Monday, May 20, 2013

Reading: What's Eating Gilbert Grape by Peter Hedges

What's Eating Gilbert Grape by Peter Hedges is the story of Gilbert Grape, a 24 year old grocery store employee who finds himself stuck in his hometown of Endora, Iowa because of an elaborate affair with an older married woman, his dangerously overweight mother and his mentally retarded brother Arnie.  The Grape family is preparing for a big celebration because Arnie is about to turn 18, something the doctors said would never happen.  Meanwhile, Gilbert can't decide what he wants or who he is.  He is just Gilbert.
Something is eating at Gilbert but he can't quite decide what it is.  The novel plays heavily on the idea of the American Dream and that the dream can more often times trap us than set us free or set a standard to strive towards and be happy about it.  As the novel progresses the reader sees how Gilbert is being sucked further and further into this mold society wants but isn't him.  At the start of the novel we meet Gilbert who works at Lamson Grocery, the stereotypical small town grocery market.
"[Lamson Grocery] is composed of only four aisles - each one only twenty-one feet long.  Lamson Grocery contains everything that a reasonable person requires.  But if you need the trappings of technology to think you're getting a good bargain, than I guess you better mosey your brainless body down to Food Land.  We at Lamson Grocery price every product by hand.  We talk to our customers, we greet them without faking a smile, we say your name....If a person wants to write us a check, we don't take down all kinds of information or make you prove that you're you....We say without saying it that your word is good." (pg. 16-17)
The Lamsons, the family Gilbert works for, are like the parents Gilbert never had.  They love him and care about him and his well being, as well as his family's.  They represent a people that don't need the American Dream to be successful or happy.  They have strayed from the American Dream like Gilbert and he can relate to that.  At the same time, it is what he wants to get away from.  He doesn't want to be stuck in the small town of Endora forever.  He doesn't want to end up like his friend Tucker who's life goal is the work and someday manage a franchise of the popular fast food chain, Burger Barn.  To slap the icing on the cake, Gilbert also looks and acts exactly like his dead father who committed suicide by hanging himself in the basement of the house he built and still houses the family in the novel.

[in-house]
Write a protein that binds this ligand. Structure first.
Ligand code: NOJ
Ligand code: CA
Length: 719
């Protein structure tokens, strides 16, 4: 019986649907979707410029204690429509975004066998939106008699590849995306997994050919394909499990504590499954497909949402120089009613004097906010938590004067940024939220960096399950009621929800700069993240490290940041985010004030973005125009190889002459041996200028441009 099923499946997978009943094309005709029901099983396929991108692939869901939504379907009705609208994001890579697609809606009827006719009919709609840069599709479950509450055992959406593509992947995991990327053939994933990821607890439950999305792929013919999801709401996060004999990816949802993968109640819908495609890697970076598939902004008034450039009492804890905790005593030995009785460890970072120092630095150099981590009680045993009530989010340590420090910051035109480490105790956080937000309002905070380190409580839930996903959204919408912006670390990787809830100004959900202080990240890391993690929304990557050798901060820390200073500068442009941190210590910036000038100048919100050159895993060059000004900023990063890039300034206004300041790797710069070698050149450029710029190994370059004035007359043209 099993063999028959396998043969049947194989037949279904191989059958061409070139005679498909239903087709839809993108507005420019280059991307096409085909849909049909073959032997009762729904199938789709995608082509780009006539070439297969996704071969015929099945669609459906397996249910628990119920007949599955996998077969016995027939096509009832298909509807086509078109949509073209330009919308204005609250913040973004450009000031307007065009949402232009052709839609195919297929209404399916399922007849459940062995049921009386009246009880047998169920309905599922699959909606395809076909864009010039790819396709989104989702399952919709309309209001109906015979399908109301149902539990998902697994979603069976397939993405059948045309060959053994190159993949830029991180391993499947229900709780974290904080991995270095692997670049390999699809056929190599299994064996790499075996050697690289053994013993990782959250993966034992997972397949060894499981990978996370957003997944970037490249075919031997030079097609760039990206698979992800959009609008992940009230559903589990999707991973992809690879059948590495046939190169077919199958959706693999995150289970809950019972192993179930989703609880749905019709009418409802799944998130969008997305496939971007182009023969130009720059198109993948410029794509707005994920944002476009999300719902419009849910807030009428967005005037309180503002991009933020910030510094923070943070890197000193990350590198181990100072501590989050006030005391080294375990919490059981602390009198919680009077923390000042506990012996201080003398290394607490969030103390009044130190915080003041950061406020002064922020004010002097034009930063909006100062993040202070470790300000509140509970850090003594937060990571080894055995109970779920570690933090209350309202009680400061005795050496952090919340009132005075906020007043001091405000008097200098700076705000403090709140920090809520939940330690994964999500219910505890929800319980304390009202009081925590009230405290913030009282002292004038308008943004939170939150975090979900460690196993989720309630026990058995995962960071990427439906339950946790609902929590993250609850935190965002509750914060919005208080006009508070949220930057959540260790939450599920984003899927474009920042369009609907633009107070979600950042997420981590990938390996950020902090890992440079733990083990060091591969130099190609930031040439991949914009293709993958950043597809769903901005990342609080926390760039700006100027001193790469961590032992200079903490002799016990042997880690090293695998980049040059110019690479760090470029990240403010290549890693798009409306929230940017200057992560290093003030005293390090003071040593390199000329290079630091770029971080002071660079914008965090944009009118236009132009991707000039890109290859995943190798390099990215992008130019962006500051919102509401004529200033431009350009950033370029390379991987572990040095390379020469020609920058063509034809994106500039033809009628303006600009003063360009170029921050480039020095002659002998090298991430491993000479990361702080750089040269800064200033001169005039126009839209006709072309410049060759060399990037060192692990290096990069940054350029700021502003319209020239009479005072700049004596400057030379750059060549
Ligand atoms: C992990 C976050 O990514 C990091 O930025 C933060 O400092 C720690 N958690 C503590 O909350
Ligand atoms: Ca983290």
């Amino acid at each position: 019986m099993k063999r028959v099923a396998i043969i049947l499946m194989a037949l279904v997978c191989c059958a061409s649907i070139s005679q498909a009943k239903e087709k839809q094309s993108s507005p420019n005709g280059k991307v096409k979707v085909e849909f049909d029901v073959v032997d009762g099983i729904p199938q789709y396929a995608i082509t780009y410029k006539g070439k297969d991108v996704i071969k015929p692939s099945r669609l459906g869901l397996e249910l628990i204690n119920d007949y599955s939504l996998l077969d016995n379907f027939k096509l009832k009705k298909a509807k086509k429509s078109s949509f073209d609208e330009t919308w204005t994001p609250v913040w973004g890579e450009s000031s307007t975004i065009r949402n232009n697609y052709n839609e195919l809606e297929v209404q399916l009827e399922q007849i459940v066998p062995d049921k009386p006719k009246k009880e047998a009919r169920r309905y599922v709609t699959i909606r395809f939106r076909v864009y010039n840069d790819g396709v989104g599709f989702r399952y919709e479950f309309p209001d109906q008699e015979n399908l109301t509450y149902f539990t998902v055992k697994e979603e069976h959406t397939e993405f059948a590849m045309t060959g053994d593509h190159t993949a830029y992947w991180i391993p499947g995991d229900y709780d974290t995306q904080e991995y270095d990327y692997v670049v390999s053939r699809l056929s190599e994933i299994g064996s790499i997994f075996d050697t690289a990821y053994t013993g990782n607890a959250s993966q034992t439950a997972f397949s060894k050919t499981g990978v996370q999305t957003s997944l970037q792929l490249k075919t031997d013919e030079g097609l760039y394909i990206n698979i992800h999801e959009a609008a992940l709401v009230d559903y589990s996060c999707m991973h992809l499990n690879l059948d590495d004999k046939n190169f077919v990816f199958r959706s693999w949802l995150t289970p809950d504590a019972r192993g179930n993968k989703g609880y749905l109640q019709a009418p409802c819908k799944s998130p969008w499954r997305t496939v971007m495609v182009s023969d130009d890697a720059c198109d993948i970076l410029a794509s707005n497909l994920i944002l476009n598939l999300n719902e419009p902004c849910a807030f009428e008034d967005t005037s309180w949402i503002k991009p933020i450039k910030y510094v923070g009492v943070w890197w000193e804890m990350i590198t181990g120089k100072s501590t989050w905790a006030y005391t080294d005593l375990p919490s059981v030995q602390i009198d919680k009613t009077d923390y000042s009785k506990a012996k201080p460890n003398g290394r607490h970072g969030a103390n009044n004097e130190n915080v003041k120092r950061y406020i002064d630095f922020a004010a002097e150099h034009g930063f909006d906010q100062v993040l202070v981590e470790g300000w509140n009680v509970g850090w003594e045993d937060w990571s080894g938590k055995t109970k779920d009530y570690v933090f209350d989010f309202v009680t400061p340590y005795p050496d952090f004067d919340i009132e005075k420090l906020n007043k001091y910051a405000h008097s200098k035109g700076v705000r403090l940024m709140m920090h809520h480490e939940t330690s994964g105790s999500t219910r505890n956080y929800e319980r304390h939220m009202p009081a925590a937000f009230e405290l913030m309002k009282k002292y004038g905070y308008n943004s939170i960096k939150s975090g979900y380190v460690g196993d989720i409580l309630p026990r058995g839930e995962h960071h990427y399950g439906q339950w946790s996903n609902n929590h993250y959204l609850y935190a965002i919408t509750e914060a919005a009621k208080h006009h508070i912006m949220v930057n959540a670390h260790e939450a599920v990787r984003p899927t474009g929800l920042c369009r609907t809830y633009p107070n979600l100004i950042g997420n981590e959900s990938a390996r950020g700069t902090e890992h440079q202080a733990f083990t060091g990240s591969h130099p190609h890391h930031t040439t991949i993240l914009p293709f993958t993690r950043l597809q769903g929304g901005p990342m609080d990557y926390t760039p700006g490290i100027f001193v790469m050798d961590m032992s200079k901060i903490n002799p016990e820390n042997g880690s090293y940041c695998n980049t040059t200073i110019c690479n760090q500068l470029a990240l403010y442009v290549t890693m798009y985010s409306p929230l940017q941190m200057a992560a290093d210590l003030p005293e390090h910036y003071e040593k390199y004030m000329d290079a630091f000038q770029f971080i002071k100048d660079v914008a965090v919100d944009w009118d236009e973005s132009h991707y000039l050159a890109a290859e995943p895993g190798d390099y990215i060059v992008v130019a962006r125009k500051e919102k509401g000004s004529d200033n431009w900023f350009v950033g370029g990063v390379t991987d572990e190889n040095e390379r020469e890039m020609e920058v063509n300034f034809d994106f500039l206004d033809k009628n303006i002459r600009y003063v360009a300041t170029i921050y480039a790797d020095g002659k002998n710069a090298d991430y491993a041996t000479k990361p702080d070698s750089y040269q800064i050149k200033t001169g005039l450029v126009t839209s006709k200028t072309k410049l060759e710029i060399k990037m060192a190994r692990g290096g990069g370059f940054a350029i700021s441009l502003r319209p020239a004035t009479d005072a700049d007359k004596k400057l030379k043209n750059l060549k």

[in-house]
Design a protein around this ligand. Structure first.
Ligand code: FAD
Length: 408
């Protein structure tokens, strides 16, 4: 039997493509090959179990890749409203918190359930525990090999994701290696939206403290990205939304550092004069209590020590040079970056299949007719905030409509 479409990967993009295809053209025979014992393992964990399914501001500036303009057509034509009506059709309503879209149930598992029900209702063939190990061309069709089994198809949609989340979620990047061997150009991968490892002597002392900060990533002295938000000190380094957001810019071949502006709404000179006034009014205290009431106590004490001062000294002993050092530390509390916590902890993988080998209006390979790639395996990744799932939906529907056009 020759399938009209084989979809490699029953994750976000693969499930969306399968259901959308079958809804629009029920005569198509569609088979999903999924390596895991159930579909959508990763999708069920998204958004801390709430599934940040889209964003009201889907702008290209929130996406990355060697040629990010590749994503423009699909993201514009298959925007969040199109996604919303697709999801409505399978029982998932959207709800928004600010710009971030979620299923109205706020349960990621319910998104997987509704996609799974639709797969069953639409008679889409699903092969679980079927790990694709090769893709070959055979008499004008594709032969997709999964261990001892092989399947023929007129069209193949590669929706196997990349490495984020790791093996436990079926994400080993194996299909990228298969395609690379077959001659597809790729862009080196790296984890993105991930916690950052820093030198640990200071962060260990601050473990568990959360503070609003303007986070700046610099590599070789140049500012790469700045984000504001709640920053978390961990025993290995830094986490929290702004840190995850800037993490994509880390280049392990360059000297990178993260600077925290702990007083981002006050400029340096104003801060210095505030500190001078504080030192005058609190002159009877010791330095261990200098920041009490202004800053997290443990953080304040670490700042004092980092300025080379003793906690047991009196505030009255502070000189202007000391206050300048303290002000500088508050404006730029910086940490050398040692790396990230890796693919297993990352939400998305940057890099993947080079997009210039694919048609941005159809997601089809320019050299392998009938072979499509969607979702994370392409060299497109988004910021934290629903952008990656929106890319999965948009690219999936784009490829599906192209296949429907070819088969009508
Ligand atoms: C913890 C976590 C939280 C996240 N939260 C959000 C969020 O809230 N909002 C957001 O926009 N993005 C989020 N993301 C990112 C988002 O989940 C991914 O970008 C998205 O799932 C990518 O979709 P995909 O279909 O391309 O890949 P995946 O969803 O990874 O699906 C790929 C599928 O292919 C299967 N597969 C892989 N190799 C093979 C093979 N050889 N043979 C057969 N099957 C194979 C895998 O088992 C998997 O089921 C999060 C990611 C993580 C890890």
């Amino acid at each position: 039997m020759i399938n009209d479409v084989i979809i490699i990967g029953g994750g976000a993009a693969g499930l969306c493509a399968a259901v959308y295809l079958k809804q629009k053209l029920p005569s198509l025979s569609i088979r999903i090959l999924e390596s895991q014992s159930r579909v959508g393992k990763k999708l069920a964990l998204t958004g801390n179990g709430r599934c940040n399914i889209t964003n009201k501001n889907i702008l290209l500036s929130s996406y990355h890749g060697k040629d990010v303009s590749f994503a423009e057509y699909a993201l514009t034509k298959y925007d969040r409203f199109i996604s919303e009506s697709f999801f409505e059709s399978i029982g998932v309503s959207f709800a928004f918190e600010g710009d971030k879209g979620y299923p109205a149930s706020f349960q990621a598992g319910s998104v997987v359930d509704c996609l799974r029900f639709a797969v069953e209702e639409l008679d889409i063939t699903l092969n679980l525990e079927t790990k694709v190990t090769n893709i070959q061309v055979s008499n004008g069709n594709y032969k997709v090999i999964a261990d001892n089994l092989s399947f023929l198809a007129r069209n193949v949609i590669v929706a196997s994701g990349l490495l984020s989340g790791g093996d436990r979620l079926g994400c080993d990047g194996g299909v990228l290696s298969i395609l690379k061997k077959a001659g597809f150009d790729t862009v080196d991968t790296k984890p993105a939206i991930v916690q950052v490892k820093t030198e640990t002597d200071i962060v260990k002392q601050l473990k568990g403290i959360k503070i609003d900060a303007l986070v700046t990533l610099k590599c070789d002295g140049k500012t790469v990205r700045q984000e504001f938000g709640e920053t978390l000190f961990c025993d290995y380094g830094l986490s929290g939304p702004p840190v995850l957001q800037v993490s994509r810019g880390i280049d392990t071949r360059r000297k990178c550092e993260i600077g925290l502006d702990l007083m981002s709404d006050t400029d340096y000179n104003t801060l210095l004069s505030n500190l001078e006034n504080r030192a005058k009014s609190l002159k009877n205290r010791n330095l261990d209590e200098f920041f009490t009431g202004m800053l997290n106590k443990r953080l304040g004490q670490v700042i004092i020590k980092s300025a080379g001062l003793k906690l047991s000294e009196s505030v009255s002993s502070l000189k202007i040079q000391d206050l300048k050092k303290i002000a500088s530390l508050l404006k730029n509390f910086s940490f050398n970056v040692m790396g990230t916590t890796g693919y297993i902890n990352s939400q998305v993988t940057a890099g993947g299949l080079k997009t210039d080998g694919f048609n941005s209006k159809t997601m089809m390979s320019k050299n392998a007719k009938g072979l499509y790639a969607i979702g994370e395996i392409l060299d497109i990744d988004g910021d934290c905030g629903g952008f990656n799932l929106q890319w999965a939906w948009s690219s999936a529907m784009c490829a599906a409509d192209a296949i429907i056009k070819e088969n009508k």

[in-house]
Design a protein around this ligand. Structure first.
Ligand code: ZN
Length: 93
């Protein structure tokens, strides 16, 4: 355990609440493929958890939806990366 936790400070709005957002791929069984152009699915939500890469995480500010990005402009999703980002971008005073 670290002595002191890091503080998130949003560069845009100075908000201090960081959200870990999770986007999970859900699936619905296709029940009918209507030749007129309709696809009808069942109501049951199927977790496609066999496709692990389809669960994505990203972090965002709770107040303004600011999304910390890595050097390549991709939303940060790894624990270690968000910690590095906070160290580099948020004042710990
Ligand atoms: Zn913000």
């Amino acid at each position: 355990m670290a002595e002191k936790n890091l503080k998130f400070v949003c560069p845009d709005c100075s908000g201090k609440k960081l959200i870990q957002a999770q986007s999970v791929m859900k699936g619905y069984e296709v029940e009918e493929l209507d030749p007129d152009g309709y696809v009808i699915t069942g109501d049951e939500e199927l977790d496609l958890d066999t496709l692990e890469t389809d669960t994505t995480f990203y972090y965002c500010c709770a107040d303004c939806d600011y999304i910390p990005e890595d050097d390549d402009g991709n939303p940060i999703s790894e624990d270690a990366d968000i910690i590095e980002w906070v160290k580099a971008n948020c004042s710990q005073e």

"If [all the kids are winners], then please tell me why we even bother having prizes and ribbons.  If everyone is a winner, then what is the point?  I will tell you what the point is - and I will tell you because I think you might be able to understand.  The point is that the man making the lying.  Not all of the costumes were good....We should be embarrassed at our attempt at patriotism.  My brother's costume is the exception.  He looks like an American.  In fact, he behaves like one.  When he tried to pick up the first kid he knocked down, he smashed into several others, it snowballed, chaos ensued.  My brother very much resembled America today in pretty much all things." (pg. 175)
The novel is truly a literary refreshment.  The coming of age story combined with the American Dream is something we can all relate to.  Each character blossomed though none better than Gilbert himself.  Hedges does a fantastic job mapping out a character who really has no idea who he is or what he wants and gives him a unique spirit and relatable factor.  The plot is very rich in subtle flavor and reminiscent of Catcher in the Rye.  It was a very enjoyable and thought provoking read and I will give it 4 out of 5 stars.  I highly recommend it.

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